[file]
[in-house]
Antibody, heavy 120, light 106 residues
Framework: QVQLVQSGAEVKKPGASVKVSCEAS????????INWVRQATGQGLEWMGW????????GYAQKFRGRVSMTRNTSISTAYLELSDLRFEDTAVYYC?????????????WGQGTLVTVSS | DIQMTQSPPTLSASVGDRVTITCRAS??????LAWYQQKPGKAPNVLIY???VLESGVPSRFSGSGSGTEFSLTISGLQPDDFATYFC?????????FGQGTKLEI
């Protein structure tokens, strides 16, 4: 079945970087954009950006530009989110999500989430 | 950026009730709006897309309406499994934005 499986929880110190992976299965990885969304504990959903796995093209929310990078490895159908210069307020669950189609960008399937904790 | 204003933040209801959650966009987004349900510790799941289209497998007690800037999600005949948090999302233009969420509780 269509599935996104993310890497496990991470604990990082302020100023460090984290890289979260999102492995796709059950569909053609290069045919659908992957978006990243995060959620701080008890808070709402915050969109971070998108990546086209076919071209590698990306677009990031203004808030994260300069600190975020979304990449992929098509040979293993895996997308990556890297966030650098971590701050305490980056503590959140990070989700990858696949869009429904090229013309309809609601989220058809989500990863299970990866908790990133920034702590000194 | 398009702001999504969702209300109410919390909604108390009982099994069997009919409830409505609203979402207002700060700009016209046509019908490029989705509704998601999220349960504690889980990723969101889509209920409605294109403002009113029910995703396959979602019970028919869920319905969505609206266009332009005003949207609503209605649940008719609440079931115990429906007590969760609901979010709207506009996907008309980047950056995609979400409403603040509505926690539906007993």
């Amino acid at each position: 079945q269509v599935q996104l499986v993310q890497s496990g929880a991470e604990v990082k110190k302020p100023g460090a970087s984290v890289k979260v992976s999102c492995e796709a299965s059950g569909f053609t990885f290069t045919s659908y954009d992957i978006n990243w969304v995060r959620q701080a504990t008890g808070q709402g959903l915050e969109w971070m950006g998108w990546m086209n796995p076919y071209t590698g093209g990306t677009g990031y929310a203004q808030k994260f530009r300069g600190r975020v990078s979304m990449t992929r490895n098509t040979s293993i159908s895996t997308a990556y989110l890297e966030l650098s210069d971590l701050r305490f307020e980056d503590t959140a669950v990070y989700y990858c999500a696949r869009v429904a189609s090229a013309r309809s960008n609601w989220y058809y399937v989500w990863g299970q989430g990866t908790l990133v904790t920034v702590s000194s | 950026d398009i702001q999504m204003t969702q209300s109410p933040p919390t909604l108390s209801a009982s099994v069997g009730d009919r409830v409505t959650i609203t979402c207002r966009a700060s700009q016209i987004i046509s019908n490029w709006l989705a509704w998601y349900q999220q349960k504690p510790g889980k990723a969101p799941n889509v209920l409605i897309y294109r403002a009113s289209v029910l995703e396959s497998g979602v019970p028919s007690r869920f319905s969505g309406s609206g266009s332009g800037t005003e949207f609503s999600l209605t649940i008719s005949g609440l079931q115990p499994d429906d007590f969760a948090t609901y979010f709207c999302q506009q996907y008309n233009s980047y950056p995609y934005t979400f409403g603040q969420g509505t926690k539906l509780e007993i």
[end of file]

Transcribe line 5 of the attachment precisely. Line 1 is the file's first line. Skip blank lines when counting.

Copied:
């Amino acid at each position: 079945q269509v599935q996104l499986v993310q890497s496990g929880a991470e604990v990082k110190k302020p100023g460090a970087s984290v890289k979260v992976s999102c492995e796709a299965s059950g569909f053609t990885f290069t045919s659908y954009d992957i978006n990243w969304v995060r959620q701080a504990t008890g808070q709402g959903l915050e969109w971070m950006g998108w990546m086209n796995p076919y071209t590698g093209g990306t677009g990031y929310a203004q808030k994260f530009r300069g600190r975020v990078s979304m990449t992929r490895n098509t040979s293993i159908s895996t997308a990556y989110l890297e966030l650098s210069d971590l701050r305490f307020e980056d503590t959140a669950v990070y989700y990858c999500a696949r869009v429904a189609s090229a013309r309809s960008n609601w989220y058809y399937v989500w990863g299970q989430g990866t908790l990133v904790t920034v702590s000194s | 950026d398009i702001q999504m204003t969702q209300s109410p933040p919390t909604l108390s209801a009982s099994v069997g009730d009919r409830v409505t959650i609203t979402c207002r966009a700060s700009q016209i987004i046509s019908n490029w709006l989705a509704w998601y349900q999220q349960k504690p510790g889980k990723a969101p799941n889509v209920l409605i897309y294109r403002a009113s289209v029910l995703e396959s497998g979602v019970p028919s007690r869920f319905s969505g309406s609206g266009s332009g800037t005003e949207f609503s999600l209605t649940i008719s005949g609440l079931q115990p499994d429906d007590f969760a948090t609901y979010f709207c999302q506009q996907y008309n233009s980047y950056p995609y934005t979400f409403g603040q969420g509505t926690k539906l509780e007993i």